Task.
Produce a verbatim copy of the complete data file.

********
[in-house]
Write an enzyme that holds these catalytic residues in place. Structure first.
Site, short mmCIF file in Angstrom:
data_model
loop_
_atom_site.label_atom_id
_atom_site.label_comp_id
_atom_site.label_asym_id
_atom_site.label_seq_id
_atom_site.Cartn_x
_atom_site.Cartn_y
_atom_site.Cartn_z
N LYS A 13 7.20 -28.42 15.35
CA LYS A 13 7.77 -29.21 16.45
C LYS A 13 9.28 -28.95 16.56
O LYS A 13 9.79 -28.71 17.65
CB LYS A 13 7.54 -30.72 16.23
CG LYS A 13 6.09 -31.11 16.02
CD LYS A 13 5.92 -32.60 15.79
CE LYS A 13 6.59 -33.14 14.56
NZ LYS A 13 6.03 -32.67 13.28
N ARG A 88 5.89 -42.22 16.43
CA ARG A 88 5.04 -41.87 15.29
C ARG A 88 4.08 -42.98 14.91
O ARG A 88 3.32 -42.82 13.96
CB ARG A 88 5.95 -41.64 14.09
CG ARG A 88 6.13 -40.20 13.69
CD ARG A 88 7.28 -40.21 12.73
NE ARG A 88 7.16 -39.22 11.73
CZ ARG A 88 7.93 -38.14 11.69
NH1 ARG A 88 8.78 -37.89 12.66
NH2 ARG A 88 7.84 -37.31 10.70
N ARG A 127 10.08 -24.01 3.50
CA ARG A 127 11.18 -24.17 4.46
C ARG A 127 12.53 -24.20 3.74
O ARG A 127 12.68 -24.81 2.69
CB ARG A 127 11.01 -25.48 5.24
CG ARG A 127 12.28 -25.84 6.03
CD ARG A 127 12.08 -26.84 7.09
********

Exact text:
[in-house]
Write an enzyme that holds these catalytic residues in place. Structure first.
Site, short mmCIF file in Angstrom:
data_model
loop_
_atom_site.label_atom_id
_atom_site.label_comp_id
_atom_site.label_asym_id
_atom_site.label_seq_id
_atom_site.Cartn_x
_atom_site.Cartn_y
_atom_site.Cartn_z
N LYS A 13 7.20 -28.42 15.35
CA LYS A 13 7.77 -29.21 16.45
C LYS A 13 9.28 -28.95 16.56
O LYS A 13 9.79 -28.71 17.65
CB LYS A 13 7.54 -30.72 16.23
CG LYS A 13 6.09 -31.11 16.02
CD LYS A 13 5.92 -32.60 15.79
CE LYS A 13 6.59 -33.14 14.56
NZ LYS A 13 6.03 -32.67 13.28
N ARG A 88 5.89 -42.22 16.43
CA ARG A 88 5.04 -41.87 15.29
C ARG A 88 4.08 -42.98 14.91
O ARG A 88 3.32 -42.82 13.96
CB ARG A 88 5.95 -41.64 14.09
CG ARG A 88 6.13 -40.20 13.69
CD ARG A 88 7.28 -40.21 12.73
NE ARG A 88 7.16 -39.22 11.73
CZ ARG A 88 7.93 -38.14 11.69
NH1 ARG A 88 8.78 -37.89 12.66
NH2 ARG A 88 7.84 -37.31 10.70
N ARG A 127 10.08 -24.01 3.50
CA ARG A 127 11.18 -24.17 4.46
C ARG A 127 12.53 -24.20 3.74
O ARG A 127 12.68 -24.81 2.69
CB ARG A 127 11.01 -25.48 5.24
CG ARG A 127 12.28 -25.84 6.03
CD ARG A 127 12.08 -26.84 7.09